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Spiridon (patriarch)

From Wikipedia, the free encyclopedia

Serbian Patriarch[a]
Serbian Patriarch Spiridon.jpg
Fresco of Spiridon from the Patriarchal Monastery of Peć (ca. 1396)
Church Serbian Orthodox Church
Metropolis Serbian Patriarchate of Peć
See Patriarchal Monastery of Peć
Installed after 3 May 1380[1]
Term ended 1389
Predecessor Jefrem
Successor Jefrem
Personal details
Born Kingdom of Serbia
Died 11 August 1389
Buried Patriarchal Monastery of Peć
Denomination Eastern Orthodoxy
Residence Žiča
Feast day 11 August

Spiridon (Serbian Cyrillic: Спиридон; fl. 1379–d. 11 August 1389) was the Patriarch of the Serbian Patriarchate of Peć from 1380 to 1389.[2] He held office during the reign of Prince Lazar, who was recognized by the Serbian Church as the legitimate ruler of the Serbian lands (in the period of the Fall of the Serbian Empire), and with whom he closely cooperated.

Spiridon was chosen to succeed Patriarch Jefrem, who abdicated, in 1379,[3] and was enthroned after 3 May 1380.[1] Historian M. Petrović believes that Jefrem abdicated due to opposing the politics of suppressing the jurisdiction of the Patriarchate of Constantinople, which was pursued by Prince Lazar and Spiridon.[4] The Serbian Church recognized Lazar as the legitimate ruler of the Serbian lands, the autokrator (inherited by the Nemanjić dynasty), since 1375.[3] Spiridon's life prior to enthronement is unclear. He is believed to have been born in Niš, as written in the old list of Serbian patriarchs (Патріархъ Спиридонъ родомъ отъ Нишъ[5]), accepted in early Serbian literature, however, there is no confirmation.[6] M. Purković assumed that Spiridon was a bishop of perhaps Caesaropolis, then the metropolitan of Melnik. Two acts from Vatopedi dating to October 1377 mention a "metropolitan Spiridon".[7] Spiridon might have been the same as the Dečani ascetic Spiridon; Jefrem chose Spiridon as his successor, his close friend, fellow clergyman, and venturer, a hesychast as himself, and also a man of the court – respectable, educated, and informed on the secrets and state skills and church politics, more than Jefrem himself.[8] Historian M. Spremić believed that Jefrem had in the first place been enthroned as a compromise between the Serbian Church and the Patriarchate of Constantinople, and that he was forced to abdicate by followers of Prince Lazar.[4]

Spiridon was a close associate of Lazar,[9] and their work coincided – the renewal of the Nemanjić ideal of symphony of the state and church.[10] The patriarch was the most important person along with the ruler, whom he versatilely supported.[11] Spiridon confirmed Lazar's 1378 charter to Gornjak (Ždrelo), Lazar's endowment, and Lazar's 1387 charter to Obrad Dragosalić.[12] On 2 March 1382, in Žiča, the founding charter of the Drenče monastery was written before Spiridon.[13] Spiridon died on 11 August 1389 (as recorded in Danilo's typikon from 1416), not long after the Battle of Kosovo in which Lazar fell.[1] After Lazar's death, Spiridon stayed in alliance with Lazar's widow Milica.[14] After the battle and Spiridon's death, the security of the Serbian state and church was threatened by the Ottomans; Milica's political circle worked to establish peace with the Ottomans, a deal which was eventually struck with large Serbian concessions, by the summer of 1390.[15] Spiridon was succeeded by Jefrem, who returned and served shortly until he was replaced by Danilo III.[16]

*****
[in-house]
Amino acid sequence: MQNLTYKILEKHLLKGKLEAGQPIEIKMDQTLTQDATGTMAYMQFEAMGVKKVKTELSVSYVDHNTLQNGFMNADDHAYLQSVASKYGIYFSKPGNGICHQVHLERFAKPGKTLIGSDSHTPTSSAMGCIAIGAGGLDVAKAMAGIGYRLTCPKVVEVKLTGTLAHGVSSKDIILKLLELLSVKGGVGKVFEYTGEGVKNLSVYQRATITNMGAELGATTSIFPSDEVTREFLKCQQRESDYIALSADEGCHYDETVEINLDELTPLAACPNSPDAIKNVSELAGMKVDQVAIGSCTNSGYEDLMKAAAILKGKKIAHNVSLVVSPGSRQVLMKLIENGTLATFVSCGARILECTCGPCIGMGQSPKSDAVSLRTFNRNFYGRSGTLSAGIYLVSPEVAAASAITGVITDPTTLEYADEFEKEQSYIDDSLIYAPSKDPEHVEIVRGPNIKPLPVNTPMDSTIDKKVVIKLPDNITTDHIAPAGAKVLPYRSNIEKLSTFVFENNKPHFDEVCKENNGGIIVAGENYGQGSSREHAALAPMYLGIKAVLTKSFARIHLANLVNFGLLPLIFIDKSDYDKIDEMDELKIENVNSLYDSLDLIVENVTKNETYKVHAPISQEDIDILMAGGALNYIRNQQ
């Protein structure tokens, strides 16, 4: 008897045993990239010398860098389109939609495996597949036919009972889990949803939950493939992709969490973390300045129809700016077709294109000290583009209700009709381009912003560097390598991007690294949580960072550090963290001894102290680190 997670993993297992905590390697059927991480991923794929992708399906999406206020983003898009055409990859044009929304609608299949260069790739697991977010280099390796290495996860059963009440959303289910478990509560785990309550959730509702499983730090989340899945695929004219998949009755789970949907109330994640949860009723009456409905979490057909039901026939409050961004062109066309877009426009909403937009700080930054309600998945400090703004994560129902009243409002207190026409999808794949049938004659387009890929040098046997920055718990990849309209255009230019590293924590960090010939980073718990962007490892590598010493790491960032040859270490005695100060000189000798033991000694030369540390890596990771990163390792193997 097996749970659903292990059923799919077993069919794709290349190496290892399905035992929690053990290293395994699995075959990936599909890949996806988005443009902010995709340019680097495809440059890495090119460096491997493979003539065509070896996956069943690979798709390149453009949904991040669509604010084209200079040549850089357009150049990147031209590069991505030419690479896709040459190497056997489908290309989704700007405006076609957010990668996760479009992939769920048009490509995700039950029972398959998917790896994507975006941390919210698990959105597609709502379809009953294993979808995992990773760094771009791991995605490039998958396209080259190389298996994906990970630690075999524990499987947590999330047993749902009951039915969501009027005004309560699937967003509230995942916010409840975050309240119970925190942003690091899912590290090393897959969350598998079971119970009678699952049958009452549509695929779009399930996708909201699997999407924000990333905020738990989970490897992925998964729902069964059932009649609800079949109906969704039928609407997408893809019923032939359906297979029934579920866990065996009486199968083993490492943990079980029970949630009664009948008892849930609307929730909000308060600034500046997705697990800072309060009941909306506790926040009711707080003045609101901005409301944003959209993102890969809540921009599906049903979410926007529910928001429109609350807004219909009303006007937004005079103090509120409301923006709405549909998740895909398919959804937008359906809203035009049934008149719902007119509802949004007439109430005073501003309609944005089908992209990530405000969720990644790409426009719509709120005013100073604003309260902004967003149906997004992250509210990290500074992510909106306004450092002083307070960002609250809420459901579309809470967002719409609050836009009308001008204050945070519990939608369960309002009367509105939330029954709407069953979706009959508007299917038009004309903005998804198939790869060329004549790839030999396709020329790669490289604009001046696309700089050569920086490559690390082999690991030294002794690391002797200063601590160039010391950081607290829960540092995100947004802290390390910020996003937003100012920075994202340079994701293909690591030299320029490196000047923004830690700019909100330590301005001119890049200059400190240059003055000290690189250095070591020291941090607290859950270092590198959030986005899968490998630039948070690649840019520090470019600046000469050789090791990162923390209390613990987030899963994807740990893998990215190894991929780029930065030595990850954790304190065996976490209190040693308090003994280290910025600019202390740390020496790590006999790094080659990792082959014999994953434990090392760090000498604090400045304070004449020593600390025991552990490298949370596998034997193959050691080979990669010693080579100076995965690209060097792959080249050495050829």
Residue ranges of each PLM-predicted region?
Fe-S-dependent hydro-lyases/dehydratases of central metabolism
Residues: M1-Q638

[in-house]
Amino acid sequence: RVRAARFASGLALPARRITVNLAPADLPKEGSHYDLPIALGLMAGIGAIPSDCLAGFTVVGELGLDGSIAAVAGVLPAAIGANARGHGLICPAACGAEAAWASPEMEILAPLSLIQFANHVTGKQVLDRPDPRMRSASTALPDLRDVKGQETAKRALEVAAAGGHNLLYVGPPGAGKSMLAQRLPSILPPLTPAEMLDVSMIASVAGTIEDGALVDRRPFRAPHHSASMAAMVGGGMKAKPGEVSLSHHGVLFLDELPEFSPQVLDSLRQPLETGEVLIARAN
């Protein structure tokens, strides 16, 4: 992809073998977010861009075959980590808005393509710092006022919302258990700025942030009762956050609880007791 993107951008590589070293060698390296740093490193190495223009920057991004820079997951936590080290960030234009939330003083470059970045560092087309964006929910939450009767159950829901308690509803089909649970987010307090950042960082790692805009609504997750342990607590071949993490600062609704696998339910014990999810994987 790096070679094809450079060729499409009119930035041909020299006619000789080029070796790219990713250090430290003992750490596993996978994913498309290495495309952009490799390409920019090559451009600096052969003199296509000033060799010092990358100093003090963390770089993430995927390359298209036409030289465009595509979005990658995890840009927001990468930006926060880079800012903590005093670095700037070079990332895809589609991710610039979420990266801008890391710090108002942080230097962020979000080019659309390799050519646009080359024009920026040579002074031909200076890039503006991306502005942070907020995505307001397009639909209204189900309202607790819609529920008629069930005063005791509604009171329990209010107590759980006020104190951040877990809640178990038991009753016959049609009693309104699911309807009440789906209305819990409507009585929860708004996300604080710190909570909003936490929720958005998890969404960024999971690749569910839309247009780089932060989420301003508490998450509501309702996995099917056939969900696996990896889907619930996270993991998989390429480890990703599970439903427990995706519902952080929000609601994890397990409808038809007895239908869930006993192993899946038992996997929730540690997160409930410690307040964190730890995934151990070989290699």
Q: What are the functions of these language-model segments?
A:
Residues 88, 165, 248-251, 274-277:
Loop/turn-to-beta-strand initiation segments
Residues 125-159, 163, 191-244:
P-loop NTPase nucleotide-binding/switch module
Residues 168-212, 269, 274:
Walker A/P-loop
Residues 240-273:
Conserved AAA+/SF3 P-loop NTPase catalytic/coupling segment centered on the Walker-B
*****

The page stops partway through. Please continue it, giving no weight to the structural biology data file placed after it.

In the Serbian epic film Battle of Kosovo (1989), Spiridon was played by actor Miodrag Radovanović.[17]

Religious titles
Preceded by
Serbian Patriarch
Succeeded by

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  1. ^ "Serbian Patriarch" (всеосвештењеиши патријарх српски кир Спиридон);[18] "Patriarch of Serbs and Pomorje" (патриархь Срблемь и Помωрию).[19]


  1. ^ a b c Radojičić 1952, p. 86.
  2. ^ Purković 1976, p. 116.
  3. ^ a b Gavrilović 1981, p. 16.
  4. ^ a b Popović 2006, p. 119.
  5. ^ Glas Srpske akademije nauka. Štampa jugoslavskog štamparskog preduzeća. 1949. p. 111.
  6. ^ Purković 1976, p. 117.
  7. ^ Purković 1976, p. 118.
  8. ^ Hilandarski odbor 1978, p. 126.
  9. ^ Gavrilović 1981, p. 16; Pavle of Serbia 1989, p. 100
  10. ^ Marjanović-Dušanić 2006, pp. 83–84.
  11. ^ Sava of Šumadija 1996, p. 465.
  12. ^ Radojičić 1952, pp. 87–89.
  13. ^ Purković 1976, p. 119.
  14. ^ Marjanović-Dušanić 2006, p. 84.
  15. ^ Gavrilović 1981, p. 109.
  16. ^ Radojičić 1952, pp. 88–89.
  17. ^ Boj na Kosovu (1989) on IMDb
  18. ^ Purković 1976, p. 26.
  19. ^ Pavle of Serbia 1989, p. 101.


This page was last edited on 28 June 2018, at 01:23
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